In the end, Presiden Donald John Trump gets the last laugh.
ON BOTH COUNTS.
It’s over folks.
A dark time for our House of Representatives has finally been brought to a close by the Republicans in the Senate.
From NBC News:
The Senate acquitted President Donald Trump almost entirely along party lines on charges of abusing his power and obstructing Congress on Wednesday, bringing an end to the third presidential impeachment trial in United States history.
On the first of two articles of impeachment, Mitt Romney of Utah was the lone Republican to vote to convict Trump, along with all Democrats and independents. On the second article, obstruction of Congress, the president was acquitted in a pure party-line vote with all Republicans voting not guilty and all Democrats and independents voting guilty.
A super majority of 67 votes on each article was needed to convict.
Romney, R-Utah, announced his vote in a dramatic speech on the Senate floortwo hours before the vote.
"I swore an oath before God to exercise impartial justice," he said. "I am profoundly religious. My faith is at the heart of who I am."
What Trump did, Romney said, was "grievously wrong."
"The president is guilty of an appalling abuse of public trust," he said.
"What he did was not 'perfect.' No, it was a flagrant assault on our electoral rights, our national security interests, and our fundamental values. Corrupting an election to keep oneself in office is perhaps the most abusive and destructive violation of one's oath of office that I can imagine," Romney said.
Romney, a frequent target of the president, was one of only two GOP senators to call for witness testimony in the trial, and is the only Republican to say he would convict Trump on one of the articles of impeachment.
"In the last several weeks, I have received numerous calls and texts. Many demand that, in their words, 'I stand with the team.' I can assure you that that thought has been very much on my mind. I support a great deal of what the president has done. I have voted with him 80 percent of the time," Romney said.
"But my promise before God to apply impartial justice required that I put my personal feelings and biases aside. Were I to ignore the evidence that has been presented, and disregard what I believe my oath and the Constitution demands of me for the sake of a partisan end, it would, I fear, expose my character to history’s rebuke and the censure of my own conscience."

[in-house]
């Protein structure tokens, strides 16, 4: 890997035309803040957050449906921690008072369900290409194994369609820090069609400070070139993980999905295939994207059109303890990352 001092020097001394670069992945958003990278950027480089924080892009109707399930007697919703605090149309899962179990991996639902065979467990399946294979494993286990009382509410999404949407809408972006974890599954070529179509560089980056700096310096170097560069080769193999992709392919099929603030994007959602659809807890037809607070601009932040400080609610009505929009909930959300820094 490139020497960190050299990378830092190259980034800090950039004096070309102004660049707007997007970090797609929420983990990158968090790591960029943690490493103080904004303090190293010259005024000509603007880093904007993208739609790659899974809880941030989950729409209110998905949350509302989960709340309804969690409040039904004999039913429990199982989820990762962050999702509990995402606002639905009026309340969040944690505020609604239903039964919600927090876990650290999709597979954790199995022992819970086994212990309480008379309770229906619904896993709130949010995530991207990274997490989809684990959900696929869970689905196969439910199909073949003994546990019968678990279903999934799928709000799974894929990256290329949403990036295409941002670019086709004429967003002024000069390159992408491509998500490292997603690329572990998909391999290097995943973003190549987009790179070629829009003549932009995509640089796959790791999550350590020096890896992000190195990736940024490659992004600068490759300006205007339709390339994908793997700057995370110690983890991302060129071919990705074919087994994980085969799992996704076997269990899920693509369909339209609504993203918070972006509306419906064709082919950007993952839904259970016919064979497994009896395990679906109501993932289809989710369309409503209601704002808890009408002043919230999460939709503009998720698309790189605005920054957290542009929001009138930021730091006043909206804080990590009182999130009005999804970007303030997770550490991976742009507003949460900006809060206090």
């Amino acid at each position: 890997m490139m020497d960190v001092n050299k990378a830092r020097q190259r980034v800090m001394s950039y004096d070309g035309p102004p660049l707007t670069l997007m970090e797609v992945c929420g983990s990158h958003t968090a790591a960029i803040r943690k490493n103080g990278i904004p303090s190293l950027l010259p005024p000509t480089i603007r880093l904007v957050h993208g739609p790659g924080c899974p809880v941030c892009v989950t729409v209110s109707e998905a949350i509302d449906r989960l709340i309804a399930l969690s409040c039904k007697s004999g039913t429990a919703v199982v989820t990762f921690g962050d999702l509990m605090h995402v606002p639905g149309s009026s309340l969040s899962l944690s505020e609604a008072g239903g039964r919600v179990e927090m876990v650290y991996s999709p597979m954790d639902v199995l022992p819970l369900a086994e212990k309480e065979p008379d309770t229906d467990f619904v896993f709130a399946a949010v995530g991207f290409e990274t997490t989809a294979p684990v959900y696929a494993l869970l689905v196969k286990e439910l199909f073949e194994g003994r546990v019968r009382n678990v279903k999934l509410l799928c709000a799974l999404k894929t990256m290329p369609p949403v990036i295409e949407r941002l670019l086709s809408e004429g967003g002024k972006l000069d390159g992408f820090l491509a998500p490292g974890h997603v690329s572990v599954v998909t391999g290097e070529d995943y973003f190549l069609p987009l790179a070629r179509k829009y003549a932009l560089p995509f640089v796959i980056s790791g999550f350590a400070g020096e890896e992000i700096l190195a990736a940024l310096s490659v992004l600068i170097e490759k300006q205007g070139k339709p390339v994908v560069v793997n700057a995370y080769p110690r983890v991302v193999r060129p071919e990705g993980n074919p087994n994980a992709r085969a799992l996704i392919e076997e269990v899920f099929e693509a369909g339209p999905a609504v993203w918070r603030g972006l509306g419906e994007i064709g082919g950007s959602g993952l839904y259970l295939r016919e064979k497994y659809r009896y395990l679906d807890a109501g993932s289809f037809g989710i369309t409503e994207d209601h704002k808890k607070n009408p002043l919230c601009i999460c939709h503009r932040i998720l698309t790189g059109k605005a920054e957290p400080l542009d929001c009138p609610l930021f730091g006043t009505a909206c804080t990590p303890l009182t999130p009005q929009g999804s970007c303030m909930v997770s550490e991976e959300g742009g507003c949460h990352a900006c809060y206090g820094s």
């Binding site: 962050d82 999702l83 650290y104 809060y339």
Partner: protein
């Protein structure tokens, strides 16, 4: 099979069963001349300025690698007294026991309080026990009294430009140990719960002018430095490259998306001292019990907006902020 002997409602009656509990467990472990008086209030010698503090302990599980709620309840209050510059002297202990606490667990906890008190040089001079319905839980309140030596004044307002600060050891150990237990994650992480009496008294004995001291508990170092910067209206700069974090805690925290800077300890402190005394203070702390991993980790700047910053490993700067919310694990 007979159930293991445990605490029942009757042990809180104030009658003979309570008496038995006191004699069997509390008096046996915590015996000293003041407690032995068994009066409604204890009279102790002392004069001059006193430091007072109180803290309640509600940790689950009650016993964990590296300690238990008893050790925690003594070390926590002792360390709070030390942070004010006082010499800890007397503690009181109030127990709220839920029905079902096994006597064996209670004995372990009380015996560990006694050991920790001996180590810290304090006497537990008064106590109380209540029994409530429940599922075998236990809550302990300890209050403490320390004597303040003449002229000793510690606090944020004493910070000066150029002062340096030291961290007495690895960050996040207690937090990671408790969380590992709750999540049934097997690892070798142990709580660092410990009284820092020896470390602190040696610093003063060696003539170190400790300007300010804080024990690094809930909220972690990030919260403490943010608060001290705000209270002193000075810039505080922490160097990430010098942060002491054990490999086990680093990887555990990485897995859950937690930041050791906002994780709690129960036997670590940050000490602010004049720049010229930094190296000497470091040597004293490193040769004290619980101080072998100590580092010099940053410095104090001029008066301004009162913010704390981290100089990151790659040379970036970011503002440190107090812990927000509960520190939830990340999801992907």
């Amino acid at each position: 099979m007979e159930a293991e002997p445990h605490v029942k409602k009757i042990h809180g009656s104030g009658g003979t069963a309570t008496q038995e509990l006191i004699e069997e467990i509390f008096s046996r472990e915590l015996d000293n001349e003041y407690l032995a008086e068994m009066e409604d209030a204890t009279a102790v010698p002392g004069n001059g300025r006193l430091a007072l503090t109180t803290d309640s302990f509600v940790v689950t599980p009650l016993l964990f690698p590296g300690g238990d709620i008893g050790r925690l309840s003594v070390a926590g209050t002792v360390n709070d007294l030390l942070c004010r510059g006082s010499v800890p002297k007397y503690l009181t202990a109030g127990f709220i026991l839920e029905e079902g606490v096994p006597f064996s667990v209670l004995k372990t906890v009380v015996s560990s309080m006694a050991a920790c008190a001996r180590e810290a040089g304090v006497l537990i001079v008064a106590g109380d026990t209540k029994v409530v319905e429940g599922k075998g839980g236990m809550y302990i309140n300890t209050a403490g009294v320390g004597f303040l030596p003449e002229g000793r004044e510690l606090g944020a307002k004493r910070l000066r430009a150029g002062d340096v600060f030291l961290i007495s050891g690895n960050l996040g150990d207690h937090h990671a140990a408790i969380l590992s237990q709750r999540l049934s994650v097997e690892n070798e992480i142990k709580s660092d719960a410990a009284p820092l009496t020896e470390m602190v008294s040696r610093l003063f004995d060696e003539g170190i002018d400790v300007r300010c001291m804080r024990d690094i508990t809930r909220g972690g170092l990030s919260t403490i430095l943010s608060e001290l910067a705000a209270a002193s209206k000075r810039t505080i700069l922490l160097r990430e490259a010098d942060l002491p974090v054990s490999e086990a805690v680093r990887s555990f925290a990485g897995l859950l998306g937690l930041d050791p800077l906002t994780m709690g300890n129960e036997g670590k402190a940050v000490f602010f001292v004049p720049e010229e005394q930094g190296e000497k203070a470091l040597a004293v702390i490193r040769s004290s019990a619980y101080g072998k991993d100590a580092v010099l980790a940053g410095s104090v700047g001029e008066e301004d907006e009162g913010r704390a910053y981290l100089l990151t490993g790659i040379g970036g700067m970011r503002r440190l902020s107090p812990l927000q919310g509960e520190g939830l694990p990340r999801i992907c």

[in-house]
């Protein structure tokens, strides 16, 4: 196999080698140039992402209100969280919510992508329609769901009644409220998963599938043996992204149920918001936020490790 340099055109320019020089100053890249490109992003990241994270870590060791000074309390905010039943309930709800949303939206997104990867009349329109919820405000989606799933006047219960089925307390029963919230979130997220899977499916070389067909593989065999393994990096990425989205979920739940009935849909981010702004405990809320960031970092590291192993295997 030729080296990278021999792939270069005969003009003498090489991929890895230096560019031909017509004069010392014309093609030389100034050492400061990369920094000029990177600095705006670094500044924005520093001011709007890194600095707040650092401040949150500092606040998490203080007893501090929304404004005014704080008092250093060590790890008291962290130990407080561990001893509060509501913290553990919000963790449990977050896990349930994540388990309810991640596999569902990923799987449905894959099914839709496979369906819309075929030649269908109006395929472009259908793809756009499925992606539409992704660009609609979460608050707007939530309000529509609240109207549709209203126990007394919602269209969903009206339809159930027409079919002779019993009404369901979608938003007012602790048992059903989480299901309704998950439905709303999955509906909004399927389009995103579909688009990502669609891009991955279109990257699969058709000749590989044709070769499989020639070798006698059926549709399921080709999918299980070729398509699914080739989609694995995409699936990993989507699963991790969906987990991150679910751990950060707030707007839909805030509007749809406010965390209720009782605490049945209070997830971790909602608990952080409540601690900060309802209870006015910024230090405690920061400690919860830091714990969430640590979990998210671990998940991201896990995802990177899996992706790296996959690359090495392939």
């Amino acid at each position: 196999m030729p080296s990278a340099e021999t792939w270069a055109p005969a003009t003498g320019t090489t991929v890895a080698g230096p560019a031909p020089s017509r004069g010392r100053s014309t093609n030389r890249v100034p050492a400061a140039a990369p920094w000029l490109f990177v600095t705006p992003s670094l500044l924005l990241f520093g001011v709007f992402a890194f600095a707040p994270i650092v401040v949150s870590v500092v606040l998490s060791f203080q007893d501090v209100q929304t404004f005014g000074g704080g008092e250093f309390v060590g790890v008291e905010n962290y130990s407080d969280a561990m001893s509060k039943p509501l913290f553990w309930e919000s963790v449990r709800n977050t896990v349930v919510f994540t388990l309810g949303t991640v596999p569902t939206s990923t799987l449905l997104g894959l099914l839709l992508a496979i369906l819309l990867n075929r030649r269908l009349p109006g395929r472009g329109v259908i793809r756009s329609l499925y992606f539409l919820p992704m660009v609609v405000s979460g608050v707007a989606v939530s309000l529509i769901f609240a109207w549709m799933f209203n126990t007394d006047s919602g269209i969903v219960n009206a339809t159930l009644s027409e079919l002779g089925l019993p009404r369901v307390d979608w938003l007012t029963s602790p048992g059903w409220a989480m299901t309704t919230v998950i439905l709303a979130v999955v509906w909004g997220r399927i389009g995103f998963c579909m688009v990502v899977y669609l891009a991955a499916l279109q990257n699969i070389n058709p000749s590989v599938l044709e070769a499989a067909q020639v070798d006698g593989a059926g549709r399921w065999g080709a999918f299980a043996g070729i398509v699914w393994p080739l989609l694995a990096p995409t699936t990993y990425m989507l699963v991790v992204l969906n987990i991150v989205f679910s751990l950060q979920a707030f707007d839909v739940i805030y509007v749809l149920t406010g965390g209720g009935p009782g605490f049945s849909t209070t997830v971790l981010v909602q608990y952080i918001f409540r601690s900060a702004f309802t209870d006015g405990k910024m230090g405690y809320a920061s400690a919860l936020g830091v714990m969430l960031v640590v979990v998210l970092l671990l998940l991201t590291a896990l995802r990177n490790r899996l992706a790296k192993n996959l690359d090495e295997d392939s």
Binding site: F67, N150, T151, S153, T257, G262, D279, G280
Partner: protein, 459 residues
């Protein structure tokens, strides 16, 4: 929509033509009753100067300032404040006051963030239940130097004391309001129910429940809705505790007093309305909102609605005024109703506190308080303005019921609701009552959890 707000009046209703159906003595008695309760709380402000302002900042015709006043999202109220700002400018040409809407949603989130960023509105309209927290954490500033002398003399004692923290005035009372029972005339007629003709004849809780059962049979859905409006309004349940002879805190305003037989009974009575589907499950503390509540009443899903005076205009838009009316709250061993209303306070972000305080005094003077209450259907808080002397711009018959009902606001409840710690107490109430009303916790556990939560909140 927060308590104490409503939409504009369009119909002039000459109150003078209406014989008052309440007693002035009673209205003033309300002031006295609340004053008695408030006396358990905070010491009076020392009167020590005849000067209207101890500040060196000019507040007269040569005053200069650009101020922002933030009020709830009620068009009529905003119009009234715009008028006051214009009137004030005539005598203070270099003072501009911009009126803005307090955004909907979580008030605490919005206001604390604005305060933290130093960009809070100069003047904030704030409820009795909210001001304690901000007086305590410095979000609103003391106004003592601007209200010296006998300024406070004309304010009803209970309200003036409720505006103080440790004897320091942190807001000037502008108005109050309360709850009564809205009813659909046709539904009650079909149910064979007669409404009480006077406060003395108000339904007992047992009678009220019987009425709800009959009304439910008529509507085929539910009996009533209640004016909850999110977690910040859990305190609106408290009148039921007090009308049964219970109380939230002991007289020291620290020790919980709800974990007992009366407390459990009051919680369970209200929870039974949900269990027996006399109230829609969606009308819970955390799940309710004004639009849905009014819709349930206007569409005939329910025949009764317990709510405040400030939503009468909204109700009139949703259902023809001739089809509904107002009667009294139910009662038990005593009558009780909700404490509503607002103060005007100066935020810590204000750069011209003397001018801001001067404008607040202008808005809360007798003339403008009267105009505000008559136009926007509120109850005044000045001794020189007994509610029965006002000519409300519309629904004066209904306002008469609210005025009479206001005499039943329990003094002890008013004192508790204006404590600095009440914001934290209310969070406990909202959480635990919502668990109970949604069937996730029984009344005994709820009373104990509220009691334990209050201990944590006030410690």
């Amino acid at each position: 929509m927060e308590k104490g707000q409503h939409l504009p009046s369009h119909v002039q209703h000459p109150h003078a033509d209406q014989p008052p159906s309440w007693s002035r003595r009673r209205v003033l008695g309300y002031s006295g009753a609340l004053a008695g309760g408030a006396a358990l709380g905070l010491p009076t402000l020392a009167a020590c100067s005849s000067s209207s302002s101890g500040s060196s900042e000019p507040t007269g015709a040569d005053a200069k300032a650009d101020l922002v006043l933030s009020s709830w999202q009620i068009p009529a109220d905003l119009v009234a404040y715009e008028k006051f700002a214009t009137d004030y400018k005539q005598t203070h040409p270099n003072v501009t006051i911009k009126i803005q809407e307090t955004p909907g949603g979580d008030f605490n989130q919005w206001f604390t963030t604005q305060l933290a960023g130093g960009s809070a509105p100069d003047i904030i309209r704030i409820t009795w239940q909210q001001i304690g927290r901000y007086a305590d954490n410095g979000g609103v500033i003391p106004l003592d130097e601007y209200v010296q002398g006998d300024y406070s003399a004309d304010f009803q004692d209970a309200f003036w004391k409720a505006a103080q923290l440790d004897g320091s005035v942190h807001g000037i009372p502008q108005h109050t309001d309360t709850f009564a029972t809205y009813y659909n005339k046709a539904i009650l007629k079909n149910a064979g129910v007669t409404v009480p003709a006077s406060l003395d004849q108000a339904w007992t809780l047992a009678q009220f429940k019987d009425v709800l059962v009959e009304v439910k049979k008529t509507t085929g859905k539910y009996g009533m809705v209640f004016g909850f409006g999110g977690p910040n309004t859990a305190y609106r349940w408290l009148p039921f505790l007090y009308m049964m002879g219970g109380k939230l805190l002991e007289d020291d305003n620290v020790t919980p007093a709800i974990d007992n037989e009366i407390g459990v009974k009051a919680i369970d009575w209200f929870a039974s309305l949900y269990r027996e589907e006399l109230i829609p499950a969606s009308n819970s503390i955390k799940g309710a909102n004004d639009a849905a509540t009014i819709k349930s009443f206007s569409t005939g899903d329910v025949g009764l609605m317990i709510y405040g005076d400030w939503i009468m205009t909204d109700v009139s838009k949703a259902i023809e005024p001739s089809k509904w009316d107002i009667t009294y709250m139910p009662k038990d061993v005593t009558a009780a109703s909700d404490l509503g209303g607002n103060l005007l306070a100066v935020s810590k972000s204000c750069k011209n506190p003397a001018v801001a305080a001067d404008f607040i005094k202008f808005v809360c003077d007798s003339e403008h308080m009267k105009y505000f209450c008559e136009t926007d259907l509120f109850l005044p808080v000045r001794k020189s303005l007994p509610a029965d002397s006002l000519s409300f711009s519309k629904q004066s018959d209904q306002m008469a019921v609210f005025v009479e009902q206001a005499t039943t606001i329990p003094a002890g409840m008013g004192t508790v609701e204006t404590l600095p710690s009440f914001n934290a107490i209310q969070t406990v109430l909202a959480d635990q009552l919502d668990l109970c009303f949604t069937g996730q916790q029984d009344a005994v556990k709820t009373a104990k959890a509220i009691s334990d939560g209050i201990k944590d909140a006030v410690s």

Romney said he was aware there are not enough votes to convict the president, and that he would be "vehemently denounced" for his decision by some of his fellow Republicans. He called it "the most difficult decision" of his life.
"I am sure to hear abuse from the president and his supporters. Does anyone seriously believe I would consent to these consequences other than from an inescapable conviction that my oath before God demanded it of me?"
The vote would make Romney the first senator to vote to convict a president of the same party in an impeachment trial in the Senate. Romney's not up for re-election until 2024, but his clashes with Trump have already caused him problems with fellow Republicans in Utah and Washington.
Sources close to the president had been looking for a unified GOP front, so they could dismiss the proceedings as totally partisan.
Here's more, from Fox News:
The Senate overwhelmingly acquitted President Trump on both articles of impeachment against him Wednesday afternoon following a brief trial, in a historic rejection of Democrats' claims that the president's Ukraine dealings and handling of congressional subpoenas merited his immediate removal from office.
All Democratic senators supported convicting the president of abuse of power and obstruction of justice, including swing-vote moderate Sens. Joe Manchin, D-W.V., Kyrsten Sinema, D-Ariz., and Doug Jones, R-Ala.
The only party defection was on the abuse of power charge from Sen. Mitt Romney, R-Utah, who declared hours before the final vote that Trump had engaged in as "destructive an attack on the oath of office and our Constitution as I can imagine." Romney voted not guilty on the obstruction charge.
By a final vote of 52-48 against conviction on the abuse of power charge and 53-47 on the obstruction charge, the Senate fell far short of the two-thirds majority needed to convict and remove the president. Swing-vote Republican senators -- including Lisa Murkowski of Alaska, Susan Collins of Maine, and Lamar Alexander of Tennessee -- voted to acquit on both counts.
The separate obstruction of Congress charge concerned the Trump administration's assertion of executive privilege and refusal to comply with congressional subpoenas. Romney explained he would acquit on the obstruction count, saying House Democrats had chosen not to respond to the White House's legal arguments against the subpoenas.
While the result has been expected for months, the process brought a series of surprises and heightened animosity to Washington -- exemplified dramatically during Tuesday night's State of the Union address, in which House Speaker Nancy Pelosi, D-Calif., furiously ripped up the president's speech upon its conclusion.
Also ahead of the vote, Republican and Democratic leaders addressed the Senate. Senate Majority Leader Mitch McConnell, R-Ky., warned of "truly dangerous" Democratic partisans, saying they insist on taking down institutions that do not produce the outcomes they desire.
"This partisan impeachment will end today," McConnell said. "But, I fear the threat to our institutions may not. Normally, when a party loses an election, it accepts defeat. ... But not this time."